DP15146 Froebel's gifts: how the kindergarten movement changed the american family
|Author(s):||Philipp Ager, Francesco Cinnirella|
|Publication Date:||August 2020|
|Keyword(s):||Family size, Fertility Transition, Kindergarten Education, Quantity-quality trade-off, Returns to Preschool Education|
|JEL(s):||I25, J13, N31, O15|
|Programme Areas:||Economic History|
|Link to this Page:||cepr.org/active/publications/discussion_papers/dp.php?dpno=15146|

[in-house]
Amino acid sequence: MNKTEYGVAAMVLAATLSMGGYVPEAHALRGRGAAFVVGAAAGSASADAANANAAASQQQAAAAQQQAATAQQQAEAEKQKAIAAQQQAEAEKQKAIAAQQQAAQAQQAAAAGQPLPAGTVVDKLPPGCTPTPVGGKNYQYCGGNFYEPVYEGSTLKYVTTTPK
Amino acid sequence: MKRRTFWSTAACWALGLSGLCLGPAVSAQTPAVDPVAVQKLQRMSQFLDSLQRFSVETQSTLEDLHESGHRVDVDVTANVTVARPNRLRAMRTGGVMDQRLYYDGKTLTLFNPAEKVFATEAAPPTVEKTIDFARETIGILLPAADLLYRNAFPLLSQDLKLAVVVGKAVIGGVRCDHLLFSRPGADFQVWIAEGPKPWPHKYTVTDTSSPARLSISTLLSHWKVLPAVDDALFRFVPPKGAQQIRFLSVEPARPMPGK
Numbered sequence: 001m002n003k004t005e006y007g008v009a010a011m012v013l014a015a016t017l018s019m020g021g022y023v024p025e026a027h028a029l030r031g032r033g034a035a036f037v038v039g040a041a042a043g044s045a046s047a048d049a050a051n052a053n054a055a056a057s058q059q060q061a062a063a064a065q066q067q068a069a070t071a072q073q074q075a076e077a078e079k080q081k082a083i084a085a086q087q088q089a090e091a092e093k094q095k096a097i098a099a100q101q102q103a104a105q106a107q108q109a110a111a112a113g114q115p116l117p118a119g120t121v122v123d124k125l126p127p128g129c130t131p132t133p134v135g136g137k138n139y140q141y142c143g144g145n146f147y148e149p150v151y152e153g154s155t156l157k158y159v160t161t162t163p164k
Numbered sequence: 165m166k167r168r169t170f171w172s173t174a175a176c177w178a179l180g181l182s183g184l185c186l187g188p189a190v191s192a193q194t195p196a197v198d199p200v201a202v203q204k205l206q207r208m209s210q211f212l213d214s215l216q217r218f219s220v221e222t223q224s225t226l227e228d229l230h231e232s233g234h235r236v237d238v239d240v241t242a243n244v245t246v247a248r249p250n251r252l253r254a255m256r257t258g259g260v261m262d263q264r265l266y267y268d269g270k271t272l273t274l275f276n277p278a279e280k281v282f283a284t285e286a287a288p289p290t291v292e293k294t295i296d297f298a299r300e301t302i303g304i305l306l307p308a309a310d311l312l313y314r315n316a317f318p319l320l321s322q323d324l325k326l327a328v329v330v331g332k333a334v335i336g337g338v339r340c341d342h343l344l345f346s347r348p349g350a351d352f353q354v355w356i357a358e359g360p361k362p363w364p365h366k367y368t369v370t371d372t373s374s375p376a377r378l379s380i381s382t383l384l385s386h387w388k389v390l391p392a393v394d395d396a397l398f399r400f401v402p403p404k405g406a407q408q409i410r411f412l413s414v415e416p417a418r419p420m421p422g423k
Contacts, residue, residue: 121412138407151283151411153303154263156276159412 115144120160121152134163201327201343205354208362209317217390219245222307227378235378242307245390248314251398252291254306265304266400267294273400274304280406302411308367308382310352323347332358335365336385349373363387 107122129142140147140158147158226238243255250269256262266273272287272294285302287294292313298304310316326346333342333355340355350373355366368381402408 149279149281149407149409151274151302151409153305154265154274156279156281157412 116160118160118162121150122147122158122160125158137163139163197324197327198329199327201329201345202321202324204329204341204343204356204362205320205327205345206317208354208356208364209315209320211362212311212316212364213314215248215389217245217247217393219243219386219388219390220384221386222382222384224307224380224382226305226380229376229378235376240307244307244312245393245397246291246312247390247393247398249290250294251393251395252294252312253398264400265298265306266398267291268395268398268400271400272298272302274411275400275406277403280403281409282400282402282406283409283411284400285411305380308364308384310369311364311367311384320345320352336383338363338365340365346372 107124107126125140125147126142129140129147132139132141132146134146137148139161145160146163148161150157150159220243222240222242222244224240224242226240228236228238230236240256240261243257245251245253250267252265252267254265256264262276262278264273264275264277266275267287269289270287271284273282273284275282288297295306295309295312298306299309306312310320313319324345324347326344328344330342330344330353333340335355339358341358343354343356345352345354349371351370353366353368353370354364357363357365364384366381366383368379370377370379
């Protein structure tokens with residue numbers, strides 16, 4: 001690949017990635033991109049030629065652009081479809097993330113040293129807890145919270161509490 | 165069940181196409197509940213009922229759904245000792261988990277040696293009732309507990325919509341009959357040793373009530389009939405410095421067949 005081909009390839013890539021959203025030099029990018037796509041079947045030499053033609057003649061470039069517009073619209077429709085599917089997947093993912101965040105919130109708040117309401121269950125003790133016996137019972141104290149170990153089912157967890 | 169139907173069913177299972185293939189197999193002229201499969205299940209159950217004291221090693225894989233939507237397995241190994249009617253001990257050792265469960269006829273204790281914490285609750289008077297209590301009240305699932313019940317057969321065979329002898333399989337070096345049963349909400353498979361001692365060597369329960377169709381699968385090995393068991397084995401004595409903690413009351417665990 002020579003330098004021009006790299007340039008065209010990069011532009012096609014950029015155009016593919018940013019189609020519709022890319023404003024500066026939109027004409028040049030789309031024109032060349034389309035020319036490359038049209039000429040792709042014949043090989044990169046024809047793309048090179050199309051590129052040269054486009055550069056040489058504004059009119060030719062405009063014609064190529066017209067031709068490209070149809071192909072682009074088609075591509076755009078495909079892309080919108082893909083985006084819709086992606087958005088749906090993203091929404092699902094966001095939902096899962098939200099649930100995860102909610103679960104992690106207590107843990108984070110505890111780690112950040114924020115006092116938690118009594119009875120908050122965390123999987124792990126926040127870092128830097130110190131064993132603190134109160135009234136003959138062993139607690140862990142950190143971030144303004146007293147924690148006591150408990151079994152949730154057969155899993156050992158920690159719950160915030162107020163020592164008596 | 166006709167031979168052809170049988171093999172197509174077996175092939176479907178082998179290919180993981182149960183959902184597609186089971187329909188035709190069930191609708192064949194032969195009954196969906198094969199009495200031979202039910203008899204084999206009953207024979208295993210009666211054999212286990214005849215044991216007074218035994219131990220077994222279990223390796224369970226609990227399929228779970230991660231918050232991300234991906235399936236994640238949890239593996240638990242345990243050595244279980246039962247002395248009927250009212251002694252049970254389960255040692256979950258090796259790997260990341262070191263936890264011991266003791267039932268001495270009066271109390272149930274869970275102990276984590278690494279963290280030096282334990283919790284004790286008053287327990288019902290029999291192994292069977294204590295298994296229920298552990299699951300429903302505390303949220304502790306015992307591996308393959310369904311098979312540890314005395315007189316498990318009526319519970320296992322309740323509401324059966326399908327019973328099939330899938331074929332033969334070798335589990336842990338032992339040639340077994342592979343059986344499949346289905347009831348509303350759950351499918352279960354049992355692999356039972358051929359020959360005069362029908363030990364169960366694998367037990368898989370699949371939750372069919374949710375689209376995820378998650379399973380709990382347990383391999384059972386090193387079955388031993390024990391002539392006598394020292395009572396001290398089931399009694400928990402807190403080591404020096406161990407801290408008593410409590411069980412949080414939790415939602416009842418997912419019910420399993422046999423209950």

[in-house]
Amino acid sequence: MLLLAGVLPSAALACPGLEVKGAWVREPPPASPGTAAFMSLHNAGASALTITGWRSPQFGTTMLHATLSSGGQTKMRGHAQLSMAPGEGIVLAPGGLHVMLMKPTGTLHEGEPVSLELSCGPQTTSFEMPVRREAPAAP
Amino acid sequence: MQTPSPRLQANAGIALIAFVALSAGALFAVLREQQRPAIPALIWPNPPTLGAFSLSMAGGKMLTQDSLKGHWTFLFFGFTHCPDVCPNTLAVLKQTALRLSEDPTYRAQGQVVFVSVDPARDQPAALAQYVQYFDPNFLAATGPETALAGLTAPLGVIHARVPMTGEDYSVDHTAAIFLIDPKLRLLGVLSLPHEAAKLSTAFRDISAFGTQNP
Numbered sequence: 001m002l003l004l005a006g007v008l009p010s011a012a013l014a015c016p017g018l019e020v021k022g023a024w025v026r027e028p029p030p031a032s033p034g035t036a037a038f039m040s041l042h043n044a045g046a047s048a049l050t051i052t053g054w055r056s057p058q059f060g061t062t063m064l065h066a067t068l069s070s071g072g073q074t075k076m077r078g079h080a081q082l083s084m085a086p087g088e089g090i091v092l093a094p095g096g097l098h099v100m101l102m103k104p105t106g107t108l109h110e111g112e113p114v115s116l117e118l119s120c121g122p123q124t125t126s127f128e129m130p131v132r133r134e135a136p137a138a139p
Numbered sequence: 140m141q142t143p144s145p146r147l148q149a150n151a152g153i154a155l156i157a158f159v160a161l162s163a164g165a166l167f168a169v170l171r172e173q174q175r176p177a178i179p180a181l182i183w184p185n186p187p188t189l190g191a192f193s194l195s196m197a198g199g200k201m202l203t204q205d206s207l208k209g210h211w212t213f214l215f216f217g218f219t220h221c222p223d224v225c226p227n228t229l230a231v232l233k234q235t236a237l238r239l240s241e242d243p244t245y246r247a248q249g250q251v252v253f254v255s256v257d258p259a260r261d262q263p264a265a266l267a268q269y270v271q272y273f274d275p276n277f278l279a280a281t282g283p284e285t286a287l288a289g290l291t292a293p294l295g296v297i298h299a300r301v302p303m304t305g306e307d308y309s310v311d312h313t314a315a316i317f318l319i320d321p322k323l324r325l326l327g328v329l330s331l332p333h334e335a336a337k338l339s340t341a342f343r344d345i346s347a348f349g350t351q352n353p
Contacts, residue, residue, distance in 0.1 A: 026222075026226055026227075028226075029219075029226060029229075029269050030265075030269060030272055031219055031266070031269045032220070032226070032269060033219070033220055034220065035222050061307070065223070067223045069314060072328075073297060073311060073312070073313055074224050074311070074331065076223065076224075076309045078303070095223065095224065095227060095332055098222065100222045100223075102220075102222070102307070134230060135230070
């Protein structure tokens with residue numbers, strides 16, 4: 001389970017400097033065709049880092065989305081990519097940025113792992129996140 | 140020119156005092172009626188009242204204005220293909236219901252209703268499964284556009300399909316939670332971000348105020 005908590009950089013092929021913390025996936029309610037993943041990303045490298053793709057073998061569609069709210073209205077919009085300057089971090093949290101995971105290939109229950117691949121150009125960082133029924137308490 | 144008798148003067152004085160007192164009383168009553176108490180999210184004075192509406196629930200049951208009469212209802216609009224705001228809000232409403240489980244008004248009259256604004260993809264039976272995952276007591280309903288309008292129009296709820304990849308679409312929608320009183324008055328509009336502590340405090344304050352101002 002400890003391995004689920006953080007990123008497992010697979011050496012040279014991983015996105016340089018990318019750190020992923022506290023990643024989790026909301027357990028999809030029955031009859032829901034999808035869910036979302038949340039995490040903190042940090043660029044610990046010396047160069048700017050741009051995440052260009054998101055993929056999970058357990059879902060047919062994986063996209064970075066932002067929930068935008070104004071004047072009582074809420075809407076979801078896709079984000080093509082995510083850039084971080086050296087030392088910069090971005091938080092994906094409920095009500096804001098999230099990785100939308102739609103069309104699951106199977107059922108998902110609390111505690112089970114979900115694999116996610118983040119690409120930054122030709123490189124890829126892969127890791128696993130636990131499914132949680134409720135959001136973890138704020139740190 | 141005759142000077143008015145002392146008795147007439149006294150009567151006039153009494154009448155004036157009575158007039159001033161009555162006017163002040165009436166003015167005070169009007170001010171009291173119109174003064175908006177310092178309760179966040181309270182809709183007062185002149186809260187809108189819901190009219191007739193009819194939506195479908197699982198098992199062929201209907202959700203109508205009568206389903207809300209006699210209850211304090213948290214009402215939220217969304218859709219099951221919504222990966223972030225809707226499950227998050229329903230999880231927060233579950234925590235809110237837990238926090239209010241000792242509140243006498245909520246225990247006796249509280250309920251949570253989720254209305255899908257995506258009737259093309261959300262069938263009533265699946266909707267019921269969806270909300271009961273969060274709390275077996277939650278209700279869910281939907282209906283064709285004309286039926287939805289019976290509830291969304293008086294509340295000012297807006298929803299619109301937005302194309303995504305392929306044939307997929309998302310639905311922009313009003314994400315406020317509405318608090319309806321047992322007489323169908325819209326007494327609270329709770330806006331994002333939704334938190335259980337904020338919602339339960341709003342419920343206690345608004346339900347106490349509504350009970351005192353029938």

Public educators and philanthropists in the late 19th century United States promoted the establishment of kindergartens in cities as a remedy for the social problems associated with industrialization and immigration. Between 1880 and 1910, more than seven thousand kindergartens opened their doors in the United States, serving both a social and educational function. We use newly collected city-level data on the roll-out of the first kindergartens to evaluate their impact on household outcomes. We find that in cities with a larger kindergarten exposure, families significantly reduced fertility, with the strongest decline appearing in families that were economically disadvantaged and with an immigrant background. Households reduced fertility because kindergarten attendance increased returns to education, but it also led to higher opportunity costs for raising children. Indeed, we show that children exposed to kindergartens were less likely to work during childhood and, instead, stayed longer in school, had more prestigious jobs, and earned higher wages as adults. Finally, we find that exposure to kindergartens particularly helped immigrant children from non-English-speaking countries to gain English proficiency. Their attendance also generated positive language spillover effects on their mothers, illustrating the importance of early childhood education for the integration of immigrant families.